VR Lowers the Prices of Long-Distance Train Fares Permanently
A happy commuter, Ulla Rannikko, 47, is waiting for the free coffee cup under the gleaming rays of sun filtering through the windows of Helsinki railway station on Tuesday noon. VR doesn’t just serve free coffee today, but has lowered its prices for long-distance fares by about 25 per cent. Permanently.
“I just arrived from Hämeenlinna (about 95 kilometres) to Helsinki and paid about 7 euros of the trip,” Ranikko said smiling. “Normally traveling at this time after the rush hour will cost me about 10 euros,” she said and continued, “The current price will make me choose the train over a car. It’s cheaper.”
In general, a regular passenger has now two options: a basic or a saver ticket.
Basic tickets have two to three price levels per route. The available price level is determined according to demand. On a route with less demand, the price is lower. Students, pensioners, conscripts and persons in non-military service get additional discounts.
The saver ticket is the most affordable choice for all passengers on all routes. Only a limited number of saver tickets are available per train but the tickets can be purchased for almost all trains, though their number is slightly fewer on the busiest routes. There are, however, thousands of saver tickets on offer every day. Additional discounts, for example for students, are not available. The ticket can be booked at the earliest 60 days before departure.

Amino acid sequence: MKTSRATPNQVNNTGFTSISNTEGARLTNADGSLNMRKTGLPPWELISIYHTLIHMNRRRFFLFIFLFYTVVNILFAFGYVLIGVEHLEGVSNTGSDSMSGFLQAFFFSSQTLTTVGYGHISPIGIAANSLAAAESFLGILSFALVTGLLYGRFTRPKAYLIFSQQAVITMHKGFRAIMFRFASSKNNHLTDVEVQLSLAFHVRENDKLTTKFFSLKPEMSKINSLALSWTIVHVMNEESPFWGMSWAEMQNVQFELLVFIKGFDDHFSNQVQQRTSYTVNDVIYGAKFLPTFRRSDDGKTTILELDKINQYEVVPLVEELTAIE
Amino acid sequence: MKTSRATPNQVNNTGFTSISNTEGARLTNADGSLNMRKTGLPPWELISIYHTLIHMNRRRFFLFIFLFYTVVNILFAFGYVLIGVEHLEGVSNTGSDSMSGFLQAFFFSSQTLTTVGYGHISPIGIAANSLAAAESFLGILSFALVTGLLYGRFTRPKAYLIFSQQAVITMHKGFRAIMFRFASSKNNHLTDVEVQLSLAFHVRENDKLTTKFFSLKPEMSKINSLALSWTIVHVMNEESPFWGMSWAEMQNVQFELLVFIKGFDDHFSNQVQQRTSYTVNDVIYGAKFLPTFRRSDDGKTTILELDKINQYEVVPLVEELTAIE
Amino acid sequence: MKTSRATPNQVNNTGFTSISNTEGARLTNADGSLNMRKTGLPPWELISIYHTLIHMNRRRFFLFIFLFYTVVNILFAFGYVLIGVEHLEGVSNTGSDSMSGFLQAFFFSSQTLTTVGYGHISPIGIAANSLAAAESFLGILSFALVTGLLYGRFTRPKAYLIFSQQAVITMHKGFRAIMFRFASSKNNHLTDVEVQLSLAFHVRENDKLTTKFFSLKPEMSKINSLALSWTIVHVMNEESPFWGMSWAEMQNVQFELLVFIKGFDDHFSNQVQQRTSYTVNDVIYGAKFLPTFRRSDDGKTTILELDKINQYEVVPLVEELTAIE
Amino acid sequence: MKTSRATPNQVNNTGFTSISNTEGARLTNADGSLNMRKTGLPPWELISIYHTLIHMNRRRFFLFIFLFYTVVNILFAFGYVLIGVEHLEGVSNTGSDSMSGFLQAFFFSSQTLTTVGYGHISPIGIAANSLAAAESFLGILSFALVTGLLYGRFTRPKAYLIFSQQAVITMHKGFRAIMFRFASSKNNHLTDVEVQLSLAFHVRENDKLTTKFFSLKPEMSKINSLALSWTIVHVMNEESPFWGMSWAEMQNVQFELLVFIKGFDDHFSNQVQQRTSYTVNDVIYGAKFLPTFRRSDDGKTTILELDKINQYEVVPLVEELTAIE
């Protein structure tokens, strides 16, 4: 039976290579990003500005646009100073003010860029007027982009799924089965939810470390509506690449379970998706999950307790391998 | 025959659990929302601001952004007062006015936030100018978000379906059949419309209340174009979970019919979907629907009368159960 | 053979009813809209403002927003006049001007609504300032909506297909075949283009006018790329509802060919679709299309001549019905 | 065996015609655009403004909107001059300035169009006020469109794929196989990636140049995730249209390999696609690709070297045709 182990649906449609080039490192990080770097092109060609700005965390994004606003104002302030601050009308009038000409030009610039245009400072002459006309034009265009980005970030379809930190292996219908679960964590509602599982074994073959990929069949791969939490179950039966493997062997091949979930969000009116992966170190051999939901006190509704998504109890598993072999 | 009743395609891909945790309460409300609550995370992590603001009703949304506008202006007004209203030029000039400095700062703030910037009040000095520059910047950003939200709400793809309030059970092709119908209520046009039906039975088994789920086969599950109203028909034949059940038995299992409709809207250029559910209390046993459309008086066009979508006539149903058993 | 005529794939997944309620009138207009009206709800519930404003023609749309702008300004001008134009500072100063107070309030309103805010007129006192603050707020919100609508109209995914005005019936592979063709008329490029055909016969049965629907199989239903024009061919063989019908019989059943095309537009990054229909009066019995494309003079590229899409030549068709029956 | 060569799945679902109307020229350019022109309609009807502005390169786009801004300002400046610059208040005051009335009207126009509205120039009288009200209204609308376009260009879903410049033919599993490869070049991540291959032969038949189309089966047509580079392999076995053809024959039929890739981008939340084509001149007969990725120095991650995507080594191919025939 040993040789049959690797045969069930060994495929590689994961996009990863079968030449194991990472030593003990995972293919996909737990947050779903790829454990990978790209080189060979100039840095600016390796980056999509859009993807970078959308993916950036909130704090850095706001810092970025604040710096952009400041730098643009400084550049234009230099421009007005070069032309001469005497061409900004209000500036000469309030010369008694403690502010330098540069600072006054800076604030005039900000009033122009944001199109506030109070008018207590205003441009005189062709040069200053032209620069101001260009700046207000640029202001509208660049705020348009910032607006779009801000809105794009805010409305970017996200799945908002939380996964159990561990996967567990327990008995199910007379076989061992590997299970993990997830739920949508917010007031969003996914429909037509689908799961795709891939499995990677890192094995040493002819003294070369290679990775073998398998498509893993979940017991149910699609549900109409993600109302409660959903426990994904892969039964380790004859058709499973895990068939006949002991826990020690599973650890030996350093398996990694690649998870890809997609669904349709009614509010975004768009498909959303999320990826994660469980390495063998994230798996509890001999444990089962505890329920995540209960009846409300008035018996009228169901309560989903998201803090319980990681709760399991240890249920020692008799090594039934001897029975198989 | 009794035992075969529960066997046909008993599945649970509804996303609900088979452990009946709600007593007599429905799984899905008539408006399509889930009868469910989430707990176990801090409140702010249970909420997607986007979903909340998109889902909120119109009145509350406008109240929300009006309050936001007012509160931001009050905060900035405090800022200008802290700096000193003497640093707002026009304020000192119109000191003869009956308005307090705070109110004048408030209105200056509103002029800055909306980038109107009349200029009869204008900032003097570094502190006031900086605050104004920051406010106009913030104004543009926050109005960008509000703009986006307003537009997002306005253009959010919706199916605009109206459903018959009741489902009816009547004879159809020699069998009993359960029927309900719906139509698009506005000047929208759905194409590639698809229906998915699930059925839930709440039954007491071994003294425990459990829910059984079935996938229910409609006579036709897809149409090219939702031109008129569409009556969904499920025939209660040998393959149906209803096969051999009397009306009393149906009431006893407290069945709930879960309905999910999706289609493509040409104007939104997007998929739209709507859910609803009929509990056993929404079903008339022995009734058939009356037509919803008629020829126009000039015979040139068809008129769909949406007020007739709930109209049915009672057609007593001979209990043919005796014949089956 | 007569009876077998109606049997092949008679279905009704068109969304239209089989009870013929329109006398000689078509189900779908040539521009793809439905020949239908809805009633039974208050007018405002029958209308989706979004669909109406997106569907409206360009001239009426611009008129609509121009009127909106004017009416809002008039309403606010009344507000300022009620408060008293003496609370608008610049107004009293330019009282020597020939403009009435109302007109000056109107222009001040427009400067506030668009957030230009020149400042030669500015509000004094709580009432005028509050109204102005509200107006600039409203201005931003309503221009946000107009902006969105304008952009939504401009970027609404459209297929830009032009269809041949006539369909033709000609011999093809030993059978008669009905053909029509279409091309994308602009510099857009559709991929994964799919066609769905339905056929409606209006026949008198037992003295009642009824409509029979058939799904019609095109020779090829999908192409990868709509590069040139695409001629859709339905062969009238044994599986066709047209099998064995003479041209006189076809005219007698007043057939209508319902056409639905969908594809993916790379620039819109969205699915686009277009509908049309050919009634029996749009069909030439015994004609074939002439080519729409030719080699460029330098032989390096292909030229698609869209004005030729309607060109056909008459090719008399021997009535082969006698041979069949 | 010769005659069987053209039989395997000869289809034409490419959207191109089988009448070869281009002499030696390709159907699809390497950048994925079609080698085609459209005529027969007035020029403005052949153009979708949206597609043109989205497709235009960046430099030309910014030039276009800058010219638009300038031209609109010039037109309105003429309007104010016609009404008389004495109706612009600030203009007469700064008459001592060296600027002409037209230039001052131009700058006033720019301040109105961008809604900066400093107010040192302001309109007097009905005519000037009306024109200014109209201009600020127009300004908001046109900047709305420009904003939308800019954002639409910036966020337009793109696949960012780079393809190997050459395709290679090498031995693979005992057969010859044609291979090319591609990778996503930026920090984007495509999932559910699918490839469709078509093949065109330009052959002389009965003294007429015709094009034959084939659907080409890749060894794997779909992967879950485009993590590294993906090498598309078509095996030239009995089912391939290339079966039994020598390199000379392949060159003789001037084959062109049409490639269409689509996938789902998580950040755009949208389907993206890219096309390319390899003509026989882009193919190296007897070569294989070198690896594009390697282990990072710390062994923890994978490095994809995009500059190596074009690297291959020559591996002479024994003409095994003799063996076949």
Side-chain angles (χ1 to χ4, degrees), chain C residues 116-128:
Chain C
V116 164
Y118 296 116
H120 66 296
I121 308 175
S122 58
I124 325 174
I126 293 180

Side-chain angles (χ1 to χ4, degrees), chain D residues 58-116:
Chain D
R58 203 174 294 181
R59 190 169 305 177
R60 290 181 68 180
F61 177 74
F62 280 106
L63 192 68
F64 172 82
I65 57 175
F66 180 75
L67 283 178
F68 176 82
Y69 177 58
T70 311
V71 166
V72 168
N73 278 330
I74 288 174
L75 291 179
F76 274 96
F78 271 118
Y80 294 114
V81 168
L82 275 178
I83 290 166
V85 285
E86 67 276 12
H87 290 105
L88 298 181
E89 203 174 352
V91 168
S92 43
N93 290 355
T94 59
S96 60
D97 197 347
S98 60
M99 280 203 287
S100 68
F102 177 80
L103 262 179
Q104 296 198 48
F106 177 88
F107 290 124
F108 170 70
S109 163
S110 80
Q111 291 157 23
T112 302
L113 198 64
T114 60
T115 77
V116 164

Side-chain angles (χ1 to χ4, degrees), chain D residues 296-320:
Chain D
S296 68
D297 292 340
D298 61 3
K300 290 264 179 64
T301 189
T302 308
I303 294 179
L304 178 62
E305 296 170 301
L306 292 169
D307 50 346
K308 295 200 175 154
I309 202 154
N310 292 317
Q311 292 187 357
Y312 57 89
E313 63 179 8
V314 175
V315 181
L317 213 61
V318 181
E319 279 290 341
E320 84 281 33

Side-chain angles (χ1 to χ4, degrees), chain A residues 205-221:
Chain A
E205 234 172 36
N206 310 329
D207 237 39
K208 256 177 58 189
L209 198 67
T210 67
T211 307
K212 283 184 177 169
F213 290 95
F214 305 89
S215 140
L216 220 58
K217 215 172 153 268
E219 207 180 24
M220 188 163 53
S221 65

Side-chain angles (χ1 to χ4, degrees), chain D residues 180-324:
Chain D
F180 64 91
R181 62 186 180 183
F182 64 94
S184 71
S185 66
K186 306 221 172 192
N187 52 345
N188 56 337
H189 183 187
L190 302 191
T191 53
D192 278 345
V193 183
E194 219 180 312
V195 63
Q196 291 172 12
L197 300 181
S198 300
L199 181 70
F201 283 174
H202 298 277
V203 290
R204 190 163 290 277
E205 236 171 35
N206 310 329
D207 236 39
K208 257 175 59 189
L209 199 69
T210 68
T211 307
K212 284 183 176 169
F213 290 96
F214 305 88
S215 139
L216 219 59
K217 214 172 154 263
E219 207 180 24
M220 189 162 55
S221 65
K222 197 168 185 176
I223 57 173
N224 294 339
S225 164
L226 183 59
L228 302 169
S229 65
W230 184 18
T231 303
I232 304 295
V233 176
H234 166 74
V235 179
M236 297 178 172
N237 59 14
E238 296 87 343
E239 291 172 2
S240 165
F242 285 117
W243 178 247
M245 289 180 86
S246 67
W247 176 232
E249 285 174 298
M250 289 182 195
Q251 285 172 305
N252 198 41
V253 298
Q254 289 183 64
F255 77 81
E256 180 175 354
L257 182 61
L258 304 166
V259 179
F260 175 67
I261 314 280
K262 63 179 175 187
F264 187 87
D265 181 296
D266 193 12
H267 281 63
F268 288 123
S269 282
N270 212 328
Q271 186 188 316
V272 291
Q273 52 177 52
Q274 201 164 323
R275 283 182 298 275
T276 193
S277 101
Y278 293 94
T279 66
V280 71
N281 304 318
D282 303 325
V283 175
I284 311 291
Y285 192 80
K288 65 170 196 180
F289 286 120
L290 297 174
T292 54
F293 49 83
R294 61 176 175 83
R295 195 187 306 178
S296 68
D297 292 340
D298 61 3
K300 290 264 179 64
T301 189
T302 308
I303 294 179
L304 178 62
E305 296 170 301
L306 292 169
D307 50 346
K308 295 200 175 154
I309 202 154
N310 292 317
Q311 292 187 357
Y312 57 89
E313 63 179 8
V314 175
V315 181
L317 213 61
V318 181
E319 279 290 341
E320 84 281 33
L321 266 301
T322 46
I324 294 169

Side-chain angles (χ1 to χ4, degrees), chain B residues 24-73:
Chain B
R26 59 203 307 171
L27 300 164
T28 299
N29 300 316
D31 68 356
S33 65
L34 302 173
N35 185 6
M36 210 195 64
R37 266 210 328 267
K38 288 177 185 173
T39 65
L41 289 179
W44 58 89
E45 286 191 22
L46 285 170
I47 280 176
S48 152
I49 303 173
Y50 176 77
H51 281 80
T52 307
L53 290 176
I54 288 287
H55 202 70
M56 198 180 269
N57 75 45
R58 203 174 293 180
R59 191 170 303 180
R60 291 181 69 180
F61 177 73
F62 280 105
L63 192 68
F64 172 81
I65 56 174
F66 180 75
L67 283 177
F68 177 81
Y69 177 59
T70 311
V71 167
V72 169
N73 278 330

I tried booking a few tickets with the new example prices.
For a train from Tampere to Helsinki (about 161 kilometres), I got a saver ticket with a price of 9.90 euros. A basic ticket had a start-up price of 18 euros.
A destination from Turku to Helsinki (about 151 kilometres) listed the same price for the saver ticket but the basic ticket was one euro cheaper.
For a distance from Joensuu to Helsinki (about 373 kilometres), the saver ticket cost 24.90 euros. A basic ticket was 41 euros.
A man with a long coat of cashmere, with shining shoes and a smile, scurried along the platform after just having departed the Turku-Helsinki train. “I paid about 30 euros for the train,” he said and introduced himself as Jussi Valtonen, 36. “I guess I didn’t look carefully enough for the available discounts.”
I checked a new price for Valtonen for a corresponding time on Wednesday: a train departing Turku at 10:00 had a saver ticket available for 9.90 euros.
Valtonen, who works in Turku, said that he uses long-distant trains maybe once a month. “I think these new prices are welcome. I would definitely choose a train over a bus.”
At a press conference arranged earlier in the morning, Maisa Romanainen, the head of passenger services at VR, explained the details behind the reforms.
In the recent years, VR has suffered from losses in the amount of passengers using the long-distance trains, partly because the bus services were opened for free competition. About 12 million people travel with domestic long-distance trains in a year.
“By the ticket reforms, we aim to increase the long-distance traffic by one million passengers,” Romanainen said.
More info about the ticket reforms can be found here.